SACRAMENTO -- Half man, half amazing. Vincanity. Air-Canada. V.C.
Vince Carter has plenty of nicknames on his bio. He also has plenty of achievements over his long NBA career. On Monday night in Sacramento, he added a new one.
With his seven point performance in the Kings’ 106-90 loss to the Detroit Pistons, the 41-year-old forward surpassed a former teammate on the NBA’s all-time scoring list.
“It means a lot, because in my days in Orlando, I played with Pat Ewing and know him very well,” Carter said following the game.
Carter came into the night needing five points to tie Ewing’s 24,815 mark for 22nd place on the all-time scoring list.
In the early second quarter, Carter stole a pass from Andre Drummond at the top of the key and flew down for a breakaway jam to move within three points of Ewing.
“It’s fun for everyone, just to show I can still do it,” Carter said of the dunk. “I think I’ve proven I can, but it’s still fun. I told James Ennis on the way, I said, ‘stay back, don’t foul me.’”
Ennis likely couldn’t have caught Carter either way, but the slam got the Kings crowd going.
At the 4:12 mark of the second, Carter drilled a 12-footer to move within one point of Ewing and with 29.5 seconds remaining in the third, Carter knocked down a 26-foot 3-pointer that rattled around and tried to spin out.
That was the last bucket of the evening for Carter, giving him 24,817 for his 20-year career. He now sits alone in 22nd place, two points ahead of the former New York Knicks star center.
“That’s crazy,” 20-year-old De’Aaron Fox said. “That’s a lot of buckets. Top-25, that’s huge - a lot of guys won’t get close to that.”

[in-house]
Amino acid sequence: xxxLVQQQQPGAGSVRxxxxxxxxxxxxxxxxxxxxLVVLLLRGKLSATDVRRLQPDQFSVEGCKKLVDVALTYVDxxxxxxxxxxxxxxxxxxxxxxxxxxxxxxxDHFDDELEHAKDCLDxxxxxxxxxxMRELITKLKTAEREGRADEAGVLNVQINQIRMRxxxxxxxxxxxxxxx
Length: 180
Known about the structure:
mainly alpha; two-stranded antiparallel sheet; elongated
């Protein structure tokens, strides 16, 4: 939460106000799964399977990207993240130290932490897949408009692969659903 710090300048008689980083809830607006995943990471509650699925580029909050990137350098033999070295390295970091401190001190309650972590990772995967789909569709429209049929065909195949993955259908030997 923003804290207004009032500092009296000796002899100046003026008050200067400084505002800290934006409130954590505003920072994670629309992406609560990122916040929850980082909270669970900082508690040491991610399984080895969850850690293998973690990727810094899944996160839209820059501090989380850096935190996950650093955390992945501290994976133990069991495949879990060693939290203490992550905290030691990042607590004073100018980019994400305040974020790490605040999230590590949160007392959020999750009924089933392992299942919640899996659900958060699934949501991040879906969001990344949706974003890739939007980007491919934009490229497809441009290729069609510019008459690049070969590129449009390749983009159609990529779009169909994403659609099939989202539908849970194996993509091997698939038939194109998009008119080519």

Carter now sits just 375 points behind legendary Laker, Jerry West for 21st place and 462 shy of Reggie Miller for a spot in the top 20.
“When you talk about (being) in the top 25 in scoring all-time, you just look at the list of the greats and elite players and the best of the best that still play, and to be in that group, I’m very humbled and thankful for it,” Carter told the media scrum surrounding his locker.
Carter was away from the team over the weekend dealing with a death in the family. He returned to Sacramento to play on Monday, but did so with a heavy heart.
For most of his life, the basketball court has been his place to escape. After two decades as a pro, it still has that effect.
“I just still love it, it’s been great to me, it gives me an opportunity to be around the younger generation and still be around the game I love and accomplish things like this,” Carter said.
He’s played sparingly for Sacramento this season, but his impact on the bench, in practice and behind the scenes as a leader and mentor to the young Kings has been immeasurable.
Carter hasn’t committed to retiring following the season. He will weigh his options, but there is a possibly he will look for one last run at an NBA championship.